How to deal with younger sister/bridesmaid's mother?

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aea1 Posts : 27 Registered: 10/10/10
How to deal with younger sister/bridesmaid's mother?
Posted: Jun 29, 2011 11:12 AM

Hi,
Hopefully you all can help me out on this. (Sorry, it's going to be long.)

I am extremely close to my 16 yr old step-sister (I usually just call her my sister) and have made her a bridesmaid in my wedding. Let's call her "Jessie."

Here's the background:
Our parents have been married since Jessie was 5. Our relationship with Jessie's mother ("Carrie") has been rocky. We had a lot of rough patches to work through in the first 5 years of our parents being married/being a blended family, but eventually it worked out and we were all very friendly & civil.

Carrie let Jessie stay for longer periods in the summer than the court allotted because she worked long hours & knew that we did more family activities. She let Jessie spend every holiday with us (She "doesn't do holidays," in her own words). She was flexible on switching weekends if we had a family vacation during her weekend or Jessie had a school function during our weekend.

Then, last year, Jessie started getting more involved in our church & basically re-evaluated her life. To make a long story short, she realized our family dynamic better suited her than did the one she shared at home w/ her mom. She chose to live with us, but was underage to make that decision at the time and we had a huge blowout...Carrie threatened to call the police on my step-dad for "kidnapping" because Jessie refused to get in the car to go home. My step-dad/mom took Carrie to court, but Jessie had to live at home while this was going on. After 4 months with still no court date, they dropped the case at Jessie's request b/c it was making more trouble for her at home.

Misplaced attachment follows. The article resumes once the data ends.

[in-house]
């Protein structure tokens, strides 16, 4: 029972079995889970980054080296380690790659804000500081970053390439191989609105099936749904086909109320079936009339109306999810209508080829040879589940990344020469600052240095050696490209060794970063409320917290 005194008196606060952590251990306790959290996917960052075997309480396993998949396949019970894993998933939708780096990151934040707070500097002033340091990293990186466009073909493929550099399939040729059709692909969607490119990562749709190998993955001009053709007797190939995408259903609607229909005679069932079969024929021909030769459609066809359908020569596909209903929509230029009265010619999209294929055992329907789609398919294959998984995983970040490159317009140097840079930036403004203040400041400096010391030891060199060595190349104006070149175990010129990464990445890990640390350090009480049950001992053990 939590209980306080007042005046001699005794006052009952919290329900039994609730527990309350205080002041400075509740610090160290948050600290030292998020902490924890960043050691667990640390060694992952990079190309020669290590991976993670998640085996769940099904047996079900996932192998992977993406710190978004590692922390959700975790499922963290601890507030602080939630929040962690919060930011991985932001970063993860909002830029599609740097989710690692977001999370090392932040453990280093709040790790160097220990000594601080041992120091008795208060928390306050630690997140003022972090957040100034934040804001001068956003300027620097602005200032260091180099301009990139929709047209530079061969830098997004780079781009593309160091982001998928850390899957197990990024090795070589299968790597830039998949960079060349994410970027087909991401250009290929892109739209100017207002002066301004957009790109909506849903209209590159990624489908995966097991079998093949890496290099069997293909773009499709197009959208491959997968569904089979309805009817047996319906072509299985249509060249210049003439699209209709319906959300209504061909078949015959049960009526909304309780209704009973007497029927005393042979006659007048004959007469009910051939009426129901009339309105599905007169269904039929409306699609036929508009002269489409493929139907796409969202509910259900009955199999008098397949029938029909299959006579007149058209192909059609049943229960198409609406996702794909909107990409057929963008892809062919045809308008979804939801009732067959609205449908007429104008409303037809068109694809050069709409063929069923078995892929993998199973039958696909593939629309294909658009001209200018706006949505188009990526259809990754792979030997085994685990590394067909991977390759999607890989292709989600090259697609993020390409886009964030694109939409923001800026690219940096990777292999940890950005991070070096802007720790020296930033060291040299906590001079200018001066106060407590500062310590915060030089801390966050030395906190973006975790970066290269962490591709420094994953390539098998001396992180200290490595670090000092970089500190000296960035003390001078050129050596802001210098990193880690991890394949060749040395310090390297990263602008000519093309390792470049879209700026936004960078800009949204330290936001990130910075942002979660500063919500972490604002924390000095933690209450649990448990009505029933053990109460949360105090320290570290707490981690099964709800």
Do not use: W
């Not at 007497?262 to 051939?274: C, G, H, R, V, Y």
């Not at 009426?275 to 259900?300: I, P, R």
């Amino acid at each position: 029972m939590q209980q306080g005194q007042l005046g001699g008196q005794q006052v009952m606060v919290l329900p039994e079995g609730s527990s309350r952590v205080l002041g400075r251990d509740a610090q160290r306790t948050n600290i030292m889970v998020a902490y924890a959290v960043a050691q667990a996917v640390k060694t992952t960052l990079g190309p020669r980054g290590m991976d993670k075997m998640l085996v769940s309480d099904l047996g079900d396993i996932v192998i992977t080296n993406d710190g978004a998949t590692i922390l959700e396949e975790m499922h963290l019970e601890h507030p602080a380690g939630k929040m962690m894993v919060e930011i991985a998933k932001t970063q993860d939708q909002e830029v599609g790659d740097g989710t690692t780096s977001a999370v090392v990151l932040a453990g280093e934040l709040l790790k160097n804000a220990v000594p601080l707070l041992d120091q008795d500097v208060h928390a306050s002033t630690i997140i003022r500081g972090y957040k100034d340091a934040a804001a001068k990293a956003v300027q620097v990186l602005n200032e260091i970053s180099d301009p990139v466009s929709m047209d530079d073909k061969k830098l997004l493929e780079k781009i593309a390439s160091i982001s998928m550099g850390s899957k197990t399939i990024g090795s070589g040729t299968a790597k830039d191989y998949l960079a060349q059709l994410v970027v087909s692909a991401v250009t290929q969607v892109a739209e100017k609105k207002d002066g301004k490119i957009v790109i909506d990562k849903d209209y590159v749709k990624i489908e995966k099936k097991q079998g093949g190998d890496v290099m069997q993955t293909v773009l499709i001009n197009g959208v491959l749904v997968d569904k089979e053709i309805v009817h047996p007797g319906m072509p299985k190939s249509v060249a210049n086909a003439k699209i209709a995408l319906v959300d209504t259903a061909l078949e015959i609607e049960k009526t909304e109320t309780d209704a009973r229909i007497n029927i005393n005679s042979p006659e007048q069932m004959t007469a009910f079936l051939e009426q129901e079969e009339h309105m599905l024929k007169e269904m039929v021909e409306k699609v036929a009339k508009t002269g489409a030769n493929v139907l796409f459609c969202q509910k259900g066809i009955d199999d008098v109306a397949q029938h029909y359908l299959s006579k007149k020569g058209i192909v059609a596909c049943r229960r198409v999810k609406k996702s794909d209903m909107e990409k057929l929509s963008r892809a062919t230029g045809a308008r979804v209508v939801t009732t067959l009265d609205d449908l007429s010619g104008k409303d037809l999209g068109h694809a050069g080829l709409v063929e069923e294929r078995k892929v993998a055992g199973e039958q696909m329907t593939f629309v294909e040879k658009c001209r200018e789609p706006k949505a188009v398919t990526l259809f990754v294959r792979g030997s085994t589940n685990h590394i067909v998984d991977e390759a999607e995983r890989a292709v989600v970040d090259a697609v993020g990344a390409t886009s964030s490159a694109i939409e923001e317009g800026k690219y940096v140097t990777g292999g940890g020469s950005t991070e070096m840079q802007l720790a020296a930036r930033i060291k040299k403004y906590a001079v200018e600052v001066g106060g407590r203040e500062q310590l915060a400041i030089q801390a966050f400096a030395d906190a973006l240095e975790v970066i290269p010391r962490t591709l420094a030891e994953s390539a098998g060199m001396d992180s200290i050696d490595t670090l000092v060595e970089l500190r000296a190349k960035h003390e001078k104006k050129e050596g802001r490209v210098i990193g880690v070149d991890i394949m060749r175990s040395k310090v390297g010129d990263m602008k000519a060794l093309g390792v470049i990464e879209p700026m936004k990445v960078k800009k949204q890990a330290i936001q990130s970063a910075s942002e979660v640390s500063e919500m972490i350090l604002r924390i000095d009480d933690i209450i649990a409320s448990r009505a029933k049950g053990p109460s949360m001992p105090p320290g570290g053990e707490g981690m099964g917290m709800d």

Since then, Carrie has reverted back to the rigid visitation rules set by the family court many years ago. The flexibility is gone.

Fast forward to my question:
How should I handle scheduling for the wedding activities with this situation? Jessie will be 17 by the time of the bridal shower, wedding, and other festivities. My step-dad says she will be able to schedule herself, etc. but I wonder if I should approach Carrie to let her know plans, dates, etc. I have been thinking of sending her an email or private FB msg. Sorry this was so long, but I wanted you all to understand the situation. Should I send Carrie a msg? Leave it up to Jessie and/or my step-dad? Help!

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Aunt Posts : 794 Registered: 12/31/10
Re: How to deal with younger sister/bridesmaid's mother?
Posted: Jun 29, 2011 11:45 AM Go to message in response to: aea1

Dear Sea,

I am not a lawyer, but do participate on a legal/financial message board. I am an moderator in the financial section. I often read the legal side.

I can just imagine a message coming in that goes something like this:

"My ex and I are divorced and we have a child. We have court-ordered custody and visitation agreements, and have pretty much followed them. In the past few years, trying to be nice, I allowed the child to spend more time with her father, again just being nice. Well. My ex and his family turned her against me. Everything is 'wonderful' at his house and everything is 'terrible' at my house. My child now wants to go live, full time, with her father.

I responded by insisting on the exact court-ordered custody and visitation orders, but now I am considered a bad person. That's the thanks I get for being flexible in the past. No more. What can I do to prevent my ex and his family from bad-mouthing me to my daughter?"

Back to your questions. Is there any language in the court order that says that Jessie can schedule her own time at the age of 17? I have not heard of such a provision, but then I'm not a lawyer and far from being expert in this area. From what I have read, usually it's a hard cut-off at 18. A 17-year old is still subject to custody and court ordered visitation. An 18-year old is totally on her own.

Next issue: Can you schedule showers, parties, etc., so they fall during Jessie's court-ordered visitation time with her father? When she is on Dad's Time, she can do whatever Dad allows her to do.

Finally: Would it be possible for you to postpone the wedding until Jessie is 18? Would that be just a matter of a few months?

You need to talk to your step-dad. Working out his visitation time with Jessie is his problem, not yours. Ask him exactly what the court order says, so you can plan a shower, party, etc., to exactly follow the court order. Step-Dad could go back to court and get a court order allowing his visitation time to coincide with your wedding.